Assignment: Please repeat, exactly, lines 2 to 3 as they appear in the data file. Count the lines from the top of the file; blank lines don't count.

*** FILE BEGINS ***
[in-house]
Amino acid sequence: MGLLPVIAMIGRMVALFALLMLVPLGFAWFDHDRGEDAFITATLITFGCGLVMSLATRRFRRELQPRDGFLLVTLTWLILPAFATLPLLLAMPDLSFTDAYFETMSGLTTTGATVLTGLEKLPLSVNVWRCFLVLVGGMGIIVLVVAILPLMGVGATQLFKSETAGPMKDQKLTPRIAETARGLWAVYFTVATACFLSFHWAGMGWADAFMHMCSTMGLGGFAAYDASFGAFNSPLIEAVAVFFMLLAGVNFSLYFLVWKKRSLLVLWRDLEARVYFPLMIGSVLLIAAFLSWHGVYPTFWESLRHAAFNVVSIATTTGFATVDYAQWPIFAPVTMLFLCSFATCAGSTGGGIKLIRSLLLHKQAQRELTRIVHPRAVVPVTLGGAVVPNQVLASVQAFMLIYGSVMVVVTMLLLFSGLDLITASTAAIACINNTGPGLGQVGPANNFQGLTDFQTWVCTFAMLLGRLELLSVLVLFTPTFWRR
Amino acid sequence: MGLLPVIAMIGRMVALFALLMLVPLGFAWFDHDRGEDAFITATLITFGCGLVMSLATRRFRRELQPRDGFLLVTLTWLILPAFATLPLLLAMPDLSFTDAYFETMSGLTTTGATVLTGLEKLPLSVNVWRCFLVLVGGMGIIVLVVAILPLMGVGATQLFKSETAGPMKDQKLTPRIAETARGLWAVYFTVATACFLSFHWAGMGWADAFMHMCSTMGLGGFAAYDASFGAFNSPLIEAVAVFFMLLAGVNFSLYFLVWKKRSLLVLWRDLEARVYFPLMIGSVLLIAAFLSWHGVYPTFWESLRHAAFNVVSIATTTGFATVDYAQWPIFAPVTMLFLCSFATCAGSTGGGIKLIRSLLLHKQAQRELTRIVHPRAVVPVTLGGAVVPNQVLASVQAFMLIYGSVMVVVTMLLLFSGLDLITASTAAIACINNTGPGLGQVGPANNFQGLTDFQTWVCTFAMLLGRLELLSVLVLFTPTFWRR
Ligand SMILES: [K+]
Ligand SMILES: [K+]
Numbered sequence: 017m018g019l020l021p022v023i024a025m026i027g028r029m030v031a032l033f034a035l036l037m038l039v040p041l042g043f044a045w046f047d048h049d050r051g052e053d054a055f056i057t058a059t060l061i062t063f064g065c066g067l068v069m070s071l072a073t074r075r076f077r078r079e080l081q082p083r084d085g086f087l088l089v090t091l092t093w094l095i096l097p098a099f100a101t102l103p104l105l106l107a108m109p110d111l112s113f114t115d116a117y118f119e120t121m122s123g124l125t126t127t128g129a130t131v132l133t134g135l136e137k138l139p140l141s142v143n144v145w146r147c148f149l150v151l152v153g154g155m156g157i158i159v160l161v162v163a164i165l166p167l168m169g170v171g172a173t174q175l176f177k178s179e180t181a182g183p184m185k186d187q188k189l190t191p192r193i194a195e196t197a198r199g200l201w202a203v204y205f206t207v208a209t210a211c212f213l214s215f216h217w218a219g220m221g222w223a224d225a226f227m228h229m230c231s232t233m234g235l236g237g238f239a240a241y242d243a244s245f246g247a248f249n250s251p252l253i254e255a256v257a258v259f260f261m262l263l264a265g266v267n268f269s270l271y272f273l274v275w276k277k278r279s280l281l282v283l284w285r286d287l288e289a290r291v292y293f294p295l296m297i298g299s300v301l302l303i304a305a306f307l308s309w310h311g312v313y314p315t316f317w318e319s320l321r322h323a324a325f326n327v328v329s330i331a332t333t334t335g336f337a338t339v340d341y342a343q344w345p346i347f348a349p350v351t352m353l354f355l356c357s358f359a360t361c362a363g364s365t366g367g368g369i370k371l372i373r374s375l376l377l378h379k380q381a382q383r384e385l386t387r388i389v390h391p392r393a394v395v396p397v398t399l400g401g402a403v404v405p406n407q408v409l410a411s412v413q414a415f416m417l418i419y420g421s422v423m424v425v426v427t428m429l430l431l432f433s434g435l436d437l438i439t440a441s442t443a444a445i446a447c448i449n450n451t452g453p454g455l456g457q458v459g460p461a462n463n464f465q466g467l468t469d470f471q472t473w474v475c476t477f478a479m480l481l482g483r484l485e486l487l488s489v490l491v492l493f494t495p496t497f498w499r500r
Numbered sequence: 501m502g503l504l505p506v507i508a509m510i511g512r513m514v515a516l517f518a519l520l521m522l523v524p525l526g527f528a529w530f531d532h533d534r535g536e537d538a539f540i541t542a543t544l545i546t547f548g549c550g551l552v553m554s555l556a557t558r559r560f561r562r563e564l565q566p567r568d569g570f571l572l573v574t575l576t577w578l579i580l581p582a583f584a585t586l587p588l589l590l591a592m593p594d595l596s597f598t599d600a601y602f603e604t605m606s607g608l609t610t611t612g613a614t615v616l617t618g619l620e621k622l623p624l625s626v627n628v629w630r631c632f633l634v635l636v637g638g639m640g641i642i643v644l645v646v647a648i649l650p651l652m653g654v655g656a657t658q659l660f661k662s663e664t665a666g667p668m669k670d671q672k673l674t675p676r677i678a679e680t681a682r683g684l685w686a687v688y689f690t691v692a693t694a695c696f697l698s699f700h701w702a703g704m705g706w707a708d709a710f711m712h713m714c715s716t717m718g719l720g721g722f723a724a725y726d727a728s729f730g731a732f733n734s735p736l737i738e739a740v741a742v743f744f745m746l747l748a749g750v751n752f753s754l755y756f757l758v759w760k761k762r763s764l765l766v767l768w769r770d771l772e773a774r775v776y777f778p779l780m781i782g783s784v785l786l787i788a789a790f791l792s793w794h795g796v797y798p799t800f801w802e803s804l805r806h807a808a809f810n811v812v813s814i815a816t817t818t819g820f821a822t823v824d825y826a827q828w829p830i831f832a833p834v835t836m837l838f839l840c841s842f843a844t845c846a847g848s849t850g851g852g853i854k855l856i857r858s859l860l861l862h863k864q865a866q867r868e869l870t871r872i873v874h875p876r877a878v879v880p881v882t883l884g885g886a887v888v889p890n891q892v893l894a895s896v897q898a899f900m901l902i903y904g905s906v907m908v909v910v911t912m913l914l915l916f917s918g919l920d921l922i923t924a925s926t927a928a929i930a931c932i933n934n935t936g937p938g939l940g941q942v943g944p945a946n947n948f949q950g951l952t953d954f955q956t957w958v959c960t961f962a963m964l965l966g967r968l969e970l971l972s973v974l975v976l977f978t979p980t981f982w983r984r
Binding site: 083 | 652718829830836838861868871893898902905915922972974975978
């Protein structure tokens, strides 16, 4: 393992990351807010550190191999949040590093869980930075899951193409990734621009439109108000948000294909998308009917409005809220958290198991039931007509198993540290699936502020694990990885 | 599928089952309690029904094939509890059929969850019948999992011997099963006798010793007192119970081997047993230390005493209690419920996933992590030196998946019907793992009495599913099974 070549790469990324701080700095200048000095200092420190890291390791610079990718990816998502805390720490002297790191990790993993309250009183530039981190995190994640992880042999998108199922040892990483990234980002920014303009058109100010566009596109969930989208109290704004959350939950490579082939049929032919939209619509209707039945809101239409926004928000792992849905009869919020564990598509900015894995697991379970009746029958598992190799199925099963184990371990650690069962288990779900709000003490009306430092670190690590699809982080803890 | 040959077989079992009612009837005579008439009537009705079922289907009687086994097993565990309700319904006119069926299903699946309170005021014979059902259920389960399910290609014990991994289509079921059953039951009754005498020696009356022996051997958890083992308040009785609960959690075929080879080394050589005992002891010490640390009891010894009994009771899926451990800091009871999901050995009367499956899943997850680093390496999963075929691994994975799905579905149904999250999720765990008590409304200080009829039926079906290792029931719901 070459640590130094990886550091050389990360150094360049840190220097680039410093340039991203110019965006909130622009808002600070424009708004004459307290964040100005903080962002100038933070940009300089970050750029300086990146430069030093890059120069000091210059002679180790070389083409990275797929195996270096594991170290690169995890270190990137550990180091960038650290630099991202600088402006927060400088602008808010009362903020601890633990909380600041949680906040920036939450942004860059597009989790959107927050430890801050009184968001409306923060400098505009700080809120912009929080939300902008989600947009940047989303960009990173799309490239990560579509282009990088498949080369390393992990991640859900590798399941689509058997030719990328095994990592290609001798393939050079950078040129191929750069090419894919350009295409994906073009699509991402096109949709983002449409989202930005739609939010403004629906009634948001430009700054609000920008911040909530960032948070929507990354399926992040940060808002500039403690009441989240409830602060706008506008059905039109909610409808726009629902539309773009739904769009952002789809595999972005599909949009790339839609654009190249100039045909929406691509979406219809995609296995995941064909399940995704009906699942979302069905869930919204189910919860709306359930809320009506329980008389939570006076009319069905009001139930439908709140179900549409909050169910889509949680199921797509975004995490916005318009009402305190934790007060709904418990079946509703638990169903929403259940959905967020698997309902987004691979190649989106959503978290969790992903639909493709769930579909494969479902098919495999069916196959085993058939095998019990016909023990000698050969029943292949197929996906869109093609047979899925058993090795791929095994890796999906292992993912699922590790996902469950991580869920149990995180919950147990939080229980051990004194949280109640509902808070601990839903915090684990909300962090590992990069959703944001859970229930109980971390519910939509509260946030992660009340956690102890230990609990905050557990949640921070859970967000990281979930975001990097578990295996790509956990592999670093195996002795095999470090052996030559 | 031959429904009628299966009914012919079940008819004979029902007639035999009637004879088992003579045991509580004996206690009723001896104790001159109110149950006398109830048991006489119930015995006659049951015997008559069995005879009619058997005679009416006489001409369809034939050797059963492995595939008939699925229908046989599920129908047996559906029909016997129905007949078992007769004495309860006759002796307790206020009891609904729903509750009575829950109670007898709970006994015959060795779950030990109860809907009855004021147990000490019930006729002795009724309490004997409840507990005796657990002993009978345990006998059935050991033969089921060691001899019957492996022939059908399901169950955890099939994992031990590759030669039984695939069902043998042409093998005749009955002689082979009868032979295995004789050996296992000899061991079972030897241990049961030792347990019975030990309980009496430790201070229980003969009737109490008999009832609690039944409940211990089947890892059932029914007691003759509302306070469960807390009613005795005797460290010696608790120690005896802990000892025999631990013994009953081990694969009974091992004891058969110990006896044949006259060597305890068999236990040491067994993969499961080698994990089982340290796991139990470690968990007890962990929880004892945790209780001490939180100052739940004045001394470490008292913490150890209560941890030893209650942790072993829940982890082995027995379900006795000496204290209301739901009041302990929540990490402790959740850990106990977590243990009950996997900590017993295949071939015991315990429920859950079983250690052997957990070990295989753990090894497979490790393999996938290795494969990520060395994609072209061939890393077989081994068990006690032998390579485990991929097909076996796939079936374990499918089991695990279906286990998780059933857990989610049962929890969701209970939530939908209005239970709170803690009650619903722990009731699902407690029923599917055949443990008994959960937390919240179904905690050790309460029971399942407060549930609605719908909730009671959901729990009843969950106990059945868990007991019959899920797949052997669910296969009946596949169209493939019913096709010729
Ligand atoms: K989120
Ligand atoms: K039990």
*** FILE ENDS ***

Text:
Amino acid sequence: MGLLPVIAMIGRMVALFALLMLVPLGFAWFDHDRGEDAFITATLITFGCGLVMSLATRRFRRELQPRDGFLLVTLTWLILPAFATLPLLLAMPDLSFTDAYFETMSGLTTTGATVLTGLEKLPLSVNVWRCFLVLVGGMGIIVLVVAILPLMGVGATQLFKSETAGPMKDQKLTPRIAETARGLWAVYFTVATACFLSFHWAGMGWADAFMHMCSTMGLGGFAAYDASFGAFNSPLIEAVAVFFMLLAGVNFSLYFLVWKKRSLLVLWRDLEARVYFPLMIGSVLLIAAFLSWHGVYPTFWESLRHAAFNVVSIATTTGFATVDYAQWPIFAPVTMLFLCSFATCAGSTGGGIKLIRSLLLHKQAQRELTRIVHPRAVVPVTLGGAVVPNQVLASVQAFMLIYGSVMVVVTMLLLFSGLDLITASTAAIACINNTGPGLGQVGPANNFQGLTDFQTWVCTFAMLLGRLELLSVLVLFTPTFWRR
Amino acid sequence: MGLLPVIAMIGRMVALFALLMLVPLGFAWFDHDRGEDAFITATLITFGCGLVMSLATRRFRRELQPRDGFLLVTLTWLILPAFATLPLLLAMPDLSFTDAYFETMSGLTTTGATVLTGLEKLPLSVNVWRCFLVLVGGMGIIVLVVAILPLMGVGATQLFKSETAGPMKDQKLTPRIAETARGLWAVYFTVATACFLSFHWAGMGWADAFMHMCSTMGLGGFAAYDASFGAFNSPLIEAVAVFFMLLAGVNFSLYFLVWKKRSLLVLWRDLEARVYFPLMIGSVLLIAAFLSWHGVYPTFWESLRHAAFNVVSIATTTGFATVDYAQWPIFAPVTMLFLCSFATCAGSTGGGIKLIRSLLLHKQAQRELTRIVHPRAVVPVTLGGAVVPNQVLASVQAFMLIYGSVMVVVTMLLLFSGLDLITASTAAIACINNTGPGLGQVGPANNFQGLTDFQTWVCTFAMLLGRLELLSVLVLFTPTFWRR